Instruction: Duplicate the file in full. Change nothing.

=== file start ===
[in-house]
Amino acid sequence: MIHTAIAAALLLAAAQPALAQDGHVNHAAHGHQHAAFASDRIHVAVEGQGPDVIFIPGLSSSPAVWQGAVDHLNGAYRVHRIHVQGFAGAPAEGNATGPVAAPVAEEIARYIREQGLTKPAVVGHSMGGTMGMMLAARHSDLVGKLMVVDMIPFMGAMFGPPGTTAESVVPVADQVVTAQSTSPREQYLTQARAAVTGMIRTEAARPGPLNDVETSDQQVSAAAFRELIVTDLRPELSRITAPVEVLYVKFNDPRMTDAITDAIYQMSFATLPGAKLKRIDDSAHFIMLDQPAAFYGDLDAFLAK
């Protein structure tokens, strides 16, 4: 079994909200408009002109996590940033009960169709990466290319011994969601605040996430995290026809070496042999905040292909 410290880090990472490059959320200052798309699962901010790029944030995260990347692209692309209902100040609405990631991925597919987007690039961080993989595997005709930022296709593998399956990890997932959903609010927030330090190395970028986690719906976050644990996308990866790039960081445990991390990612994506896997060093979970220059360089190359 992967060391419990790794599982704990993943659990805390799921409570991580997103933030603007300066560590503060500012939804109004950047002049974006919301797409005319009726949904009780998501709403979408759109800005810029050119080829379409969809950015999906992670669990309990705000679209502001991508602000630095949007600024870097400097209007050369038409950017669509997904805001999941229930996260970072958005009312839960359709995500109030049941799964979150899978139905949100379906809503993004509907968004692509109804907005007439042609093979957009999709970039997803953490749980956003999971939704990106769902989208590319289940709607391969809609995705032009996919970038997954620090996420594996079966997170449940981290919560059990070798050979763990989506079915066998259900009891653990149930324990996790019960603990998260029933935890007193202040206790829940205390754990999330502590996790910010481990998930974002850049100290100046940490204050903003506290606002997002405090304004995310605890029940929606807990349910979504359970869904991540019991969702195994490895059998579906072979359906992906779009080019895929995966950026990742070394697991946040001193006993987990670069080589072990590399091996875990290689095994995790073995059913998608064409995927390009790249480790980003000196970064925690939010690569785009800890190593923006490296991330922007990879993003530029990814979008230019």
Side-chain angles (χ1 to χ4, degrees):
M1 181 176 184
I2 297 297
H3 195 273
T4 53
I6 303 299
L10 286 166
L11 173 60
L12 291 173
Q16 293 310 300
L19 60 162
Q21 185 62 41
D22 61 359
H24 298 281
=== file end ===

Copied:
[in-house]
Amino acid sequence: MIHTAIAAALLLAAAQPALAQDGHVNHAAHGHQHAAFASDRIHVAVEGQGPDVIFIPGLSSSPAVWQGAVDHLNGAYRVHRIHVQGFAGAPAEGNATGPVAAPVAEEIARYIREQGLTKPAVVGHSMGGTMGMMLAARHSDLVGKLMVVDMIPFMGAMFGPPGTTAESVVPVADQVVTAQSTSPREQYLTQARAAVTGMIRTEAARPGPLNDVETSDQQVSAAAFRELIVTDLRPELSRITAPVEVLYVKFNDPRMTDAITDAIYQMSFATLPGAKLKRIDDSAHFIMLDQPAAFYGDLDAFLAK
């Protein structure tokens, strides 16, 4: 079994909200408009002109996590940033009960169709990466290319011994969601605040996430995290026809070496042999905040292909 410290880090990472490059959320200052798309699962901010790029944030995260990347692209692309209902100040609405990631991925597919987007690039961080993989595997005709930022296709593998399956990890997932959903609010927030330090190395970028986690719906976050644990996308990866790039960081445990991390990612994506896997060093979970220059360089190359 992967060391419990790794599982704990993943659990805390799921409570991580997103933030603007300066560590503060500012939804109004950047002049974006919301797409005319009726949904009780998501709403979408759109800005810029050119080829379409969809950015999906992670669990309990705000679209502001991508602000630095949007600024870097400097209007050369038409950017669509997904805001999941229930996260970072958005009312839960359709995500109030049941799964979150899978139905949100379906809503993004509907968004692509109804907005007439042609093979957009999709970039997803953490749980956003999971939704990106769902989208590319289940709607391969809609995705032009996919970038997954620090996420594996079966997170449940981290919560059990070798050979763990989506079915066998259900009891653990149930324990996790019960603990998260029933935890007193202040206790829940205390754990999330502590996790910010481990998930974002850049100290100046940490204050903003506290606002997002405090304004995310605890029940929606807990349910979504359970869904991540019991969702195994490895059998579906072979359906992906779009080019895929995966950026990742070394697991946040001193006993987990670069080589072990590399091996875990290689095994995790073995059913998608064409995927390009790249480790980003000196970064925690939010690569785009800890190593923006490296991330922007990879993003530029990814979008230019």
Side-chain angles (χ1 to χ4, degrees):
M1 181 176 184
I2 297 297
H3 195 273
T4 53
I6 303 299
L10 286 166
L11 173 60
L12 291 173
Q16 293 310 300
L19 60 162
Q21 185 62 41
D22 61 359
H24 298 281